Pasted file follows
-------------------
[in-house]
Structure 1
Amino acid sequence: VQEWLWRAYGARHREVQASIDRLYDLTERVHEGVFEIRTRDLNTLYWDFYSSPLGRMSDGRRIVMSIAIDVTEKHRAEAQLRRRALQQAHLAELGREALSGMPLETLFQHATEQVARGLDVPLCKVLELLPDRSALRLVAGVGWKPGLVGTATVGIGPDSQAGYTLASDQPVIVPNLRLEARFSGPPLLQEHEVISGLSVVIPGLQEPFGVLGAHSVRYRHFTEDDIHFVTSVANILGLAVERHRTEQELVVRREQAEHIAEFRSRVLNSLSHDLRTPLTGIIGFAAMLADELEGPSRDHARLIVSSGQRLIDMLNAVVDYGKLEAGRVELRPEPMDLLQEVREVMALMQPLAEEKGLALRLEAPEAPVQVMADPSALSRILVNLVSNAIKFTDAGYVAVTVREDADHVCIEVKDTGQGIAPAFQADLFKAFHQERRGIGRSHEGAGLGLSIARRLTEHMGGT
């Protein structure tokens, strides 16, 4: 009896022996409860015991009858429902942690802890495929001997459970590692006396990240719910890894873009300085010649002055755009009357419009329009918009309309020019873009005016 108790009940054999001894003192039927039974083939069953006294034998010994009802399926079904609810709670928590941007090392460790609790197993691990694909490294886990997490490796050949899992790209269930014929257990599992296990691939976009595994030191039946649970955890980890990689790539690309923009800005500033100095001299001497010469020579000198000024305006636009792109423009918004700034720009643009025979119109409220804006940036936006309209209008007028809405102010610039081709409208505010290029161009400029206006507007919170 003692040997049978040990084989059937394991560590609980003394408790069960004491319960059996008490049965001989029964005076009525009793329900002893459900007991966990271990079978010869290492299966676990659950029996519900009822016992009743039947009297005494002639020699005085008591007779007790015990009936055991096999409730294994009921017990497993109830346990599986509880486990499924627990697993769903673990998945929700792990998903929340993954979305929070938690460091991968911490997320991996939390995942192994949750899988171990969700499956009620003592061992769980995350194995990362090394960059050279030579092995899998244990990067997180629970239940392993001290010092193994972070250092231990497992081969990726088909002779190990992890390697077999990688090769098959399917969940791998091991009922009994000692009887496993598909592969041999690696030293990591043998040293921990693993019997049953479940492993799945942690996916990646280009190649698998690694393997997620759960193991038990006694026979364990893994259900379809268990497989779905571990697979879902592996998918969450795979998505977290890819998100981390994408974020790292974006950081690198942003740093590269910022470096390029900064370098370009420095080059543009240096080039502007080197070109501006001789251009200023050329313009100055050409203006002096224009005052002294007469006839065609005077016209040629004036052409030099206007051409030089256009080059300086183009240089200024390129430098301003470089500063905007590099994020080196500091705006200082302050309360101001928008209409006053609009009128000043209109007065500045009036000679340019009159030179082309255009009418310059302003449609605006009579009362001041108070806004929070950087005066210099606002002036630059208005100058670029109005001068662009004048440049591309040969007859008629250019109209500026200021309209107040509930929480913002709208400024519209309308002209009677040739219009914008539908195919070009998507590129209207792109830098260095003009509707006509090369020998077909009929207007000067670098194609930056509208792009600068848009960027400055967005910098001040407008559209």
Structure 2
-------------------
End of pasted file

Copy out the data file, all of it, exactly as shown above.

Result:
[in-house]
Structure 1
Amino acid sequence: VQEWLWRAYGARHREVQASIDRLYDLTERVHEGVFEIRTRDLNTLYWDFYSSPLGRMSDGRRIVMSIAIDVTEKHRAEAQLRRRALQQAHLAELGREALSGMPLETLFQHATEQVARGLDVPLCKVLELLPDRSALRLVAGVGWKPGLVGTATVGIGPDSQAGYTLASDQPVIVPNLRLEARFSGPPLLQEHEVISGLSVVIPGLQEPFGVLGAHSVRYRHFTEDDIHFVTSVANILGLAVERHRTEQELVVRREQAEHIAEFRSRVLNSLSHDLRTPLTGIIGFAAMLADELEGPSRDHARLIVSSGQRLIDMLNAVVDYGKLEAGRVELRPEPMDLLQEVREVMALMQPLAEEKGLALRLEAPEAPVQVMADPSALSRILVNLVSNAIKFTDAGYVAVTVREDADHVCIEVKDTGQGIAPAFQADLFKAFHQERRGIGRSHEGAGLGLSIARRLTEHMGGT
């Protein structure tokens, strides 16, 4: 009896022996409860015991009858429902942690802890495929001997459970590692006396990240719910890894873009300085010649002055755009009357419009329009918009309309020019873009005016 108790009940054999001894003192039927039974083939069953006294034998010994009802399926079904609810709670928590941007090392460790609790197993691990694909490294886990997490490796050949899992790209269930014929257990599992296990691939976009595994030191039946649970955890980890990689790539690309923009800005500033100095001299001497010469020579000198000024305006636009792109423009918004700034720009643009025979119109409220804006940036936006309209209008007028809405102010610039081709409208505010290029161009400029206006507007919170 003692040997049978040990084989059937394991560590609980003394408790069960004491319960059996008490049965001989029964005076009525009793329900002893459900007991966990271990079978010869290492299966676990659950029996519900009822016992009743039947009297005494002639020699005085008591007779007790015990009936055991096999409730294994009921017990497993109830346990599986509880486990499924627990697993769903673990998945929700792990998903929340993954979305929070938690460091991968911490997320991996939390995942192994949750899988171990969700499956009620003592061992769980995350194995990362090394960059050279030579092995899998244990990067997180629970239940392993001290010092193994972070250092231990497992081969990726088909002779190990992890390697077999990688090769098959399917969940791998091991009922009994000692009887496993598909592969041999690696030293990591043998040293921990693993019997049953479940492993799945942690996916990646280009190649698998690694393997997620759960193991038990006694026979364990893994259900379809268990497989779905571990697979879902592996998918969450795979998505977290890819998100981390994408974020790292974006950081690198942003740093590269910022470096390029900064370098370009420095080059543009240096080039502007080197070109501006001789251009200023050329313009100055050409203006002096224009005052002294007469006839065609005077016209040629004036052409030099206007051409030089256009080059300086183009240089200024390129430098301003470089500063905007590099994020080196500091705006200082302050309360101001928008209409006053609009009128000043209109007065500045009036000679340019009159030179082309255009009418310059302003449609605006009579009362001041108070806004929070950087005066210099606002002036630059208005100058670029109005001068662009004048440049591309040969007859008629250019109209500026200021309209107040509930929480913002709208400024519209309308002209009677040739219009914008539908195919070009998507590129209207792109830098260095003009509707006509090369020998077909009929207007000067670098194609930056509208792009600068848009960027400055967005910098001040407008559209």
Structure 2